The erotic thriller famously brought a flurry of sex and death to the multiplex, but its existence really owes everything to home viewing — to late-night cable, down-market sequels, and direct-to-video offerings. While Blockbuster refused to carry porn, it would carry a copy of In the Cold of the Night, starring Jeff Lester, Shannon Tweed, and some off-label use of a container of decorative marbles. The internet had yet to really make its arrival, but the home theater had become commonplace, and the erotic thriller thrived in private, on Skinemax or via VHS clamshells squirreled home to be watched on suburban living room screens with the curtains drawn. So it’s fitting that the genre was just as in thrall with the idea of home viewing as its primary audience. Scopophilia and surveillance were two of its regular preoccupations, but so was the possibility of having illicit recordings on tape — as leverage for blackmail, as stroke material, or simply as something that can be kept and revisited whenever the urge strikes.

There was a novelty to that control, to not just be able to watch but to rewatch. The roots of the erotic thriller are in film noir and Hitchcock, with all the subtext said out loud. Brian De Palma’s proto-classic of the genre, Body Double, is a jubilantly debased remix of Rear Window and Vertigo with added tits, with an invertebrate Craig Wasson as struggling actor Jake Scully, who obsesses over a woman he believes may be in danger without ever being able to spring into action to save her. But Michael Powell’s 1960 shocker, Peeping Tom, about a man who films the murders he commits, feels just as essential as a forerunner. To Mark (Carl Boehm), the wretched loner of a main character, the violence itself is less significant than the celluloid record he creates, and he carries a camera with him everywhere, often surreptitiously filming. He may not have the benefit of ’90s-era technology, but like Zeke in Sliver, he secretly owns the building he lives in and gets romantically involved with one of his tenants. And like Zeke, Mark has a back room where, using a projector rather than a close-circuit television, he obsessively reviews the surreptitious footage he has shot, as though the ability to watch in private gives him more control over the world outside.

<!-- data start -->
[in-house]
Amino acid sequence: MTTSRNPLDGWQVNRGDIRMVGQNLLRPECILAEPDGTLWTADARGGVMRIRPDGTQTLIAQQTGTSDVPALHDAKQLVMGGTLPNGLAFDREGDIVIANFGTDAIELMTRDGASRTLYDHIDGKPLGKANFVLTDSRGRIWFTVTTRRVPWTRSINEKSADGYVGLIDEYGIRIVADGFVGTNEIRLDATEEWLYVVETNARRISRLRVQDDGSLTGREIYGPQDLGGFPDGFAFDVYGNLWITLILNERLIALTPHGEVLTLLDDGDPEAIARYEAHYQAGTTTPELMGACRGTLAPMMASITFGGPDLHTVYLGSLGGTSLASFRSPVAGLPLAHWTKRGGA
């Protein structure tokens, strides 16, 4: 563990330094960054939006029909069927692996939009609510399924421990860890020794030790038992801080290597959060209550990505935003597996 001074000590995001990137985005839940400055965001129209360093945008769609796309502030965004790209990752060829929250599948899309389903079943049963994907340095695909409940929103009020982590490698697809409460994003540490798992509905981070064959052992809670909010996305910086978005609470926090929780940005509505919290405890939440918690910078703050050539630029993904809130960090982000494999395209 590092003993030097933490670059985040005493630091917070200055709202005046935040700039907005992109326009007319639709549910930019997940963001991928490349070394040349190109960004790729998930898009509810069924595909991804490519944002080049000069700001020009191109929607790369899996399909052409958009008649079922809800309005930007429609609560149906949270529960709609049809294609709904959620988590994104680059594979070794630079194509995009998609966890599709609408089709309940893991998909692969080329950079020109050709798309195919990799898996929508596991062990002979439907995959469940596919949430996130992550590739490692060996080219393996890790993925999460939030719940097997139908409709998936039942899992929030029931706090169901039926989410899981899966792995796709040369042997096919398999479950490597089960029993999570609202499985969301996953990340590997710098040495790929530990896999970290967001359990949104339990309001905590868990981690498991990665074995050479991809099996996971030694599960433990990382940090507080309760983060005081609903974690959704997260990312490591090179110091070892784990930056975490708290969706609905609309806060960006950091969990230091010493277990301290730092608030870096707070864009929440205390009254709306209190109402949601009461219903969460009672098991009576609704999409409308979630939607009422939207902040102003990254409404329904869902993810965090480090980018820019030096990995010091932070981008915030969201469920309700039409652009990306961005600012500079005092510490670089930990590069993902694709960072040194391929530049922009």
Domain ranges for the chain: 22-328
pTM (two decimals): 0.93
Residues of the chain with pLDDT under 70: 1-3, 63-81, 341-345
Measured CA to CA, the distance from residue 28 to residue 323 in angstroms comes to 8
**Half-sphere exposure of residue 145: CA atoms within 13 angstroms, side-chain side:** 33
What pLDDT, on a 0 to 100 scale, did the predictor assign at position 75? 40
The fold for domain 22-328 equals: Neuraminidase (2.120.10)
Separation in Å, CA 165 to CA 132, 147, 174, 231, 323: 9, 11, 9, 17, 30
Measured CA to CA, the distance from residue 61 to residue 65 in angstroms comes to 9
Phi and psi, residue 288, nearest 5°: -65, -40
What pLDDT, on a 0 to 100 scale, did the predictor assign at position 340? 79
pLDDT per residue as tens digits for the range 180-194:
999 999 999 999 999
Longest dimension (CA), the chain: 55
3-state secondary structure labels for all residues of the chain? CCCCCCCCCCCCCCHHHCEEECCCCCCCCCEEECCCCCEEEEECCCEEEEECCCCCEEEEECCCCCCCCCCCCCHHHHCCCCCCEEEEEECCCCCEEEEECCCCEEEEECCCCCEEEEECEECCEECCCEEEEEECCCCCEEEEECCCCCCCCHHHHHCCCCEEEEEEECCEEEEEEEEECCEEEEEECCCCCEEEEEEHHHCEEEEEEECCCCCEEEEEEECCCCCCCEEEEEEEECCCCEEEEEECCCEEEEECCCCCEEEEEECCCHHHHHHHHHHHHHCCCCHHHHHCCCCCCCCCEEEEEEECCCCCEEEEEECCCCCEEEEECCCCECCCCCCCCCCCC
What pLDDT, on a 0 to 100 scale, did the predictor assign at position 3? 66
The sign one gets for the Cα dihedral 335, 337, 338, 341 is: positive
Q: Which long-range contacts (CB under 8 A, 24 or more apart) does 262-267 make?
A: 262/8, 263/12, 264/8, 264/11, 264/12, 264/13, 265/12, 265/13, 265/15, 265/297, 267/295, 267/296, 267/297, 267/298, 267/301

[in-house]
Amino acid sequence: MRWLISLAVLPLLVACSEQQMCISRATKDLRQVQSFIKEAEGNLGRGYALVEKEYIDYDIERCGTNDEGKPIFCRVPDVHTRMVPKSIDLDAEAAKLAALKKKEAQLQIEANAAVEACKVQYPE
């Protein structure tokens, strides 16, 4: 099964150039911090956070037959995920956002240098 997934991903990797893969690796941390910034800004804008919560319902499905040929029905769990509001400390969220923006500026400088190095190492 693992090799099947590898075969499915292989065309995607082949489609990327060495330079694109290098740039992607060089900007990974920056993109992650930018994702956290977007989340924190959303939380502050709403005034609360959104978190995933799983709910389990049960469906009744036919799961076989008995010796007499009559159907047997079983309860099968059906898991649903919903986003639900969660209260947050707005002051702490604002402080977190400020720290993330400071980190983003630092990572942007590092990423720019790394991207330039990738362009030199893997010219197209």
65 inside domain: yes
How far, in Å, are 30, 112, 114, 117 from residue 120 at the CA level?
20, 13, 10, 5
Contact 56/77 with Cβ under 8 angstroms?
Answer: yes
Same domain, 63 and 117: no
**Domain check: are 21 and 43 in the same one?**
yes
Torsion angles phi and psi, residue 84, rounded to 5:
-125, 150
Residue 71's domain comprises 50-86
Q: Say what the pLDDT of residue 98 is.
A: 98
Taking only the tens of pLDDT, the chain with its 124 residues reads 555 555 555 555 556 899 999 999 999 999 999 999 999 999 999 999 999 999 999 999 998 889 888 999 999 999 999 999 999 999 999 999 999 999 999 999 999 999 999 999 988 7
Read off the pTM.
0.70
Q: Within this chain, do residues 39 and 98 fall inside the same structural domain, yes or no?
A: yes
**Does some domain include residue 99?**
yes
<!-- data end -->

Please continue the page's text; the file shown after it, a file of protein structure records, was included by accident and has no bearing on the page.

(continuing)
Peeping Tom may be about a character who gets off on the fear on his victims’ faces, but the erotic thriller usually aims for the more quotidian pleasures of voyeurism. Zeke zooms in to watch the oblivious Carly masturbate in the bath while believing herself to be alone. Will (Andrew Stevens), the meathead hero of Night Eyes, totes a VHS cassette of his unknowing client home to watch the moment when, while having sex with someone else, she locks eyes with the camera she doesn’t know is there. A direct-to-video release that spawned a whole gauze curtains–heavy franchise, Night Eyes is about a security guard hired by a rock star to install a system of hidden recording devices in his house in order to get fodder for his lawyer on his soon-to-be-ex-wife, Nikki (Tanya Roberts). Nikki knows that Will has been brought on to protect her, but not that he’s being paid to surveil and inform on her, and before long he’s falling in love with her by way of those tapes — his own DIY softcore rentals — while wallowing in guilt. Then he finds himself appearing on one of them after acceding to her request to enact a rape fantasy, and understands that the unfiltered truth they seemed to offer is just an illusion when the footage is used against him.